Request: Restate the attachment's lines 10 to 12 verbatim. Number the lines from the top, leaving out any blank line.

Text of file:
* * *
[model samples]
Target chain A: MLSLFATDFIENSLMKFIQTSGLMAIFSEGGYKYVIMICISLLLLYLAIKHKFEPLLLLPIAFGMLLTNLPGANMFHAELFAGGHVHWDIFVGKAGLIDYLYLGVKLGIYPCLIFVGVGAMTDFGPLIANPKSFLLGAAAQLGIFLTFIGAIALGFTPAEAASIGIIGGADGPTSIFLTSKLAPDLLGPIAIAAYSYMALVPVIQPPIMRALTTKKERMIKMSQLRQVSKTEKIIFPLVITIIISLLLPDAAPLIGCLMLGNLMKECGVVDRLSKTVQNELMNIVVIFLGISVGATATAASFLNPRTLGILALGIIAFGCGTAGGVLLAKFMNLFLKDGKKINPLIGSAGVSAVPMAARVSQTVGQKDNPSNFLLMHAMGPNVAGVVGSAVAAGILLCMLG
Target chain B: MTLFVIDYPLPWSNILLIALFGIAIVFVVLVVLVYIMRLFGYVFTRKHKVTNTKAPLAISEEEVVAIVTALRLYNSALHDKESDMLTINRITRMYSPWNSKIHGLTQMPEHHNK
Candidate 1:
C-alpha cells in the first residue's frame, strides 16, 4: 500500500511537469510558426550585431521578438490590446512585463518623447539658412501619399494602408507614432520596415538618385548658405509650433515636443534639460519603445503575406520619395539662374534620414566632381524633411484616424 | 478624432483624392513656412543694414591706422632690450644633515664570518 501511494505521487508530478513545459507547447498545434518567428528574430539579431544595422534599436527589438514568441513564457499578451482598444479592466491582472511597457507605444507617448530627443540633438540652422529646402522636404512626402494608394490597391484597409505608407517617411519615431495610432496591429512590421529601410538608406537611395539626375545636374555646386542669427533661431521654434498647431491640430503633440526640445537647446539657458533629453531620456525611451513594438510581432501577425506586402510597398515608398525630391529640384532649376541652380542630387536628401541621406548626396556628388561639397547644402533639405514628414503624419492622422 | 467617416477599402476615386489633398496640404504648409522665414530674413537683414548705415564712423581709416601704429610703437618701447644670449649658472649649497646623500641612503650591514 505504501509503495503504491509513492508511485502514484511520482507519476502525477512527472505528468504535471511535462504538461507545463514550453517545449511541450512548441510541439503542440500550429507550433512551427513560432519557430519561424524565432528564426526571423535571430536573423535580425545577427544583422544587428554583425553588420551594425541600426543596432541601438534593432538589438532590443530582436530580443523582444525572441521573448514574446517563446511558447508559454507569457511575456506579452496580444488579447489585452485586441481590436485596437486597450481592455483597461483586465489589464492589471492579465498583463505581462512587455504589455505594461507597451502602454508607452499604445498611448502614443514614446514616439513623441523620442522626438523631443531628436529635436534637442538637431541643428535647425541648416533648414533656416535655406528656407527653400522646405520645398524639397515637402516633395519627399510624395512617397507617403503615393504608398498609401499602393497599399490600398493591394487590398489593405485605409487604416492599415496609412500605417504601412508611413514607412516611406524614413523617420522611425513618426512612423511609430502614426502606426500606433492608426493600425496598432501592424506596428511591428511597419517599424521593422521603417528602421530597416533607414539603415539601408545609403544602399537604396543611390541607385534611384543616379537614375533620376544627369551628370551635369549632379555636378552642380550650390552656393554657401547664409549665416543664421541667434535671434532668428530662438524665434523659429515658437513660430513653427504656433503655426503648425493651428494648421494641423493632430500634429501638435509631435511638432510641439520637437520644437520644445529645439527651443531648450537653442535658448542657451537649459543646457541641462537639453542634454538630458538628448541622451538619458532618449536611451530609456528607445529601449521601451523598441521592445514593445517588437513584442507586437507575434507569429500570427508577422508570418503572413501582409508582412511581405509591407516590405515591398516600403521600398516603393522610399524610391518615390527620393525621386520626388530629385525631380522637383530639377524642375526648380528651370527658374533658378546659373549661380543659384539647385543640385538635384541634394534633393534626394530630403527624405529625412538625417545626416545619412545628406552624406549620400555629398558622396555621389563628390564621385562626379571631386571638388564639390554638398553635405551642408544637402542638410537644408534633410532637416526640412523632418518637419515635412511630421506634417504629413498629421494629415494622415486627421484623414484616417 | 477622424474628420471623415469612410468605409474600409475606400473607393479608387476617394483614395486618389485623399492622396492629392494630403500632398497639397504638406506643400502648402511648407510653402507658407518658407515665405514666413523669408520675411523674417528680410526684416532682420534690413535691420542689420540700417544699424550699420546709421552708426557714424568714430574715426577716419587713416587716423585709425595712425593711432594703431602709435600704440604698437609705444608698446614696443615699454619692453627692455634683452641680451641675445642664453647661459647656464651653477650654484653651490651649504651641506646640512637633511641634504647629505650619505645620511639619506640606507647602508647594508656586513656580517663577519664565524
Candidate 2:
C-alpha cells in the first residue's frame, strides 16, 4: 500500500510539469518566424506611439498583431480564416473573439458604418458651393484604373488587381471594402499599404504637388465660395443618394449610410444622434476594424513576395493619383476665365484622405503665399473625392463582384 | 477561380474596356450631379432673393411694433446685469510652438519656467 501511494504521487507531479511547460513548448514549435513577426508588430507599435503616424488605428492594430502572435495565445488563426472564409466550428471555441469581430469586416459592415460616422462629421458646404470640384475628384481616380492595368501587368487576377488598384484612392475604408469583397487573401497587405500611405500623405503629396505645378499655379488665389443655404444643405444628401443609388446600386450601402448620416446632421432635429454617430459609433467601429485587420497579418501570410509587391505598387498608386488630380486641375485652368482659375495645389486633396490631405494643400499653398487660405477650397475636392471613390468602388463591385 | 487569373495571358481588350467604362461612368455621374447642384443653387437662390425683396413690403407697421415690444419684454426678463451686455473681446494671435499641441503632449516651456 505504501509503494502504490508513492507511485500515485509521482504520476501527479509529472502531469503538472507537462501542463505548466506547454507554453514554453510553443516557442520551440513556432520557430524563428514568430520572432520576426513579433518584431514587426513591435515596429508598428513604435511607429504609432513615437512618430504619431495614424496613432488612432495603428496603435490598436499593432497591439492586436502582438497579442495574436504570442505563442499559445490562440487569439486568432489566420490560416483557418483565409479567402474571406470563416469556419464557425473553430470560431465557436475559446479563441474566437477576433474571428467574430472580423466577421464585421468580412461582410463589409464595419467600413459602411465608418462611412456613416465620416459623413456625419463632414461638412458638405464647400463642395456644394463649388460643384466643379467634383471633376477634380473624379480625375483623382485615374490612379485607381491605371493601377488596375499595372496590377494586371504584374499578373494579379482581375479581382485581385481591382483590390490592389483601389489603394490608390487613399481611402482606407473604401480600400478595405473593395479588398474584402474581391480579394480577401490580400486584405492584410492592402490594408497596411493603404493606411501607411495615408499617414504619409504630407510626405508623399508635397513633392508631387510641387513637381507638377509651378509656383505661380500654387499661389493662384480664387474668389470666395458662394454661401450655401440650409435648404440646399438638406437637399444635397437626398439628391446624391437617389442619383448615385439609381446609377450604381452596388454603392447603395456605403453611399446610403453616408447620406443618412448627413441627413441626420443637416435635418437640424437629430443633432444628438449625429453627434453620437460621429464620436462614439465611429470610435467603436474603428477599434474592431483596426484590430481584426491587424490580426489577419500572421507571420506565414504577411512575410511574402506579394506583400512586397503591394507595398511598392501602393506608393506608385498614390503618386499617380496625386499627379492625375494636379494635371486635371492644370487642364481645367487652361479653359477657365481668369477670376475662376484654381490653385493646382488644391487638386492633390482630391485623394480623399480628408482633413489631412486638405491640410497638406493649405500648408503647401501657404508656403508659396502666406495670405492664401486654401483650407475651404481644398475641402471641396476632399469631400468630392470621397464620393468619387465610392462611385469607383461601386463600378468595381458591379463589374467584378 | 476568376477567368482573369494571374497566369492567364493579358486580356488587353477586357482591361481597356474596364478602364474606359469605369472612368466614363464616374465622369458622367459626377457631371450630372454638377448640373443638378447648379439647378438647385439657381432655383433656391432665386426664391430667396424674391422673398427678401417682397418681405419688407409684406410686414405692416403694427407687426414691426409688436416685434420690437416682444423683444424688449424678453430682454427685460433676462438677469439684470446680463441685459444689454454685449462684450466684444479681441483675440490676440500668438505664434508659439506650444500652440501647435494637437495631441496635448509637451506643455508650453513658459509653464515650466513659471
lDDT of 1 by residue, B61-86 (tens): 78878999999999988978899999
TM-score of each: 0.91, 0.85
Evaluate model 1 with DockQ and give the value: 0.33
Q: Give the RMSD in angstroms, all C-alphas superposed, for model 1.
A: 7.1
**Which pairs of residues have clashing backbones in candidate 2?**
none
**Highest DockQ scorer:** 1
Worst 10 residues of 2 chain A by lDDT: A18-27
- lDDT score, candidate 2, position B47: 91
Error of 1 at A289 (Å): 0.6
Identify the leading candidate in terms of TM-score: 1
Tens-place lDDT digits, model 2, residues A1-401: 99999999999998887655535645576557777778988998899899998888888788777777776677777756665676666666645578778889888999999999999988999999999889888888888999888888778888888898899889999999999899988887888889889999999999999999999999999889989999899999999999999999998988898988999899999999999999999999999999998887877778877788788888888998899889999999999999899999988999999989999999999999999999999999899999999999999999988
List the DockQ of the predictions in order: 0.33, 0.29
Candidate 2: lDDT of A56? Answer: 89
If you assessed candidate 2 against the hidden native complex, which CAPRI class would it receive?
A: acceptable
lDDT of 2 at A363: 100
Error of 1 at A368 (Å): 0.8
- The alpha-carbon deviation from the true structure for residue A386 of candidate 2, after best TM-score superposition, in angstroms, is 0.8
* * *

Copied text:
Evaluate model 1 with DockQ and give the value: 0.33
Q: Give the RMSD in angstroms, all C-alphas superposed, for model 1.
A: 7.1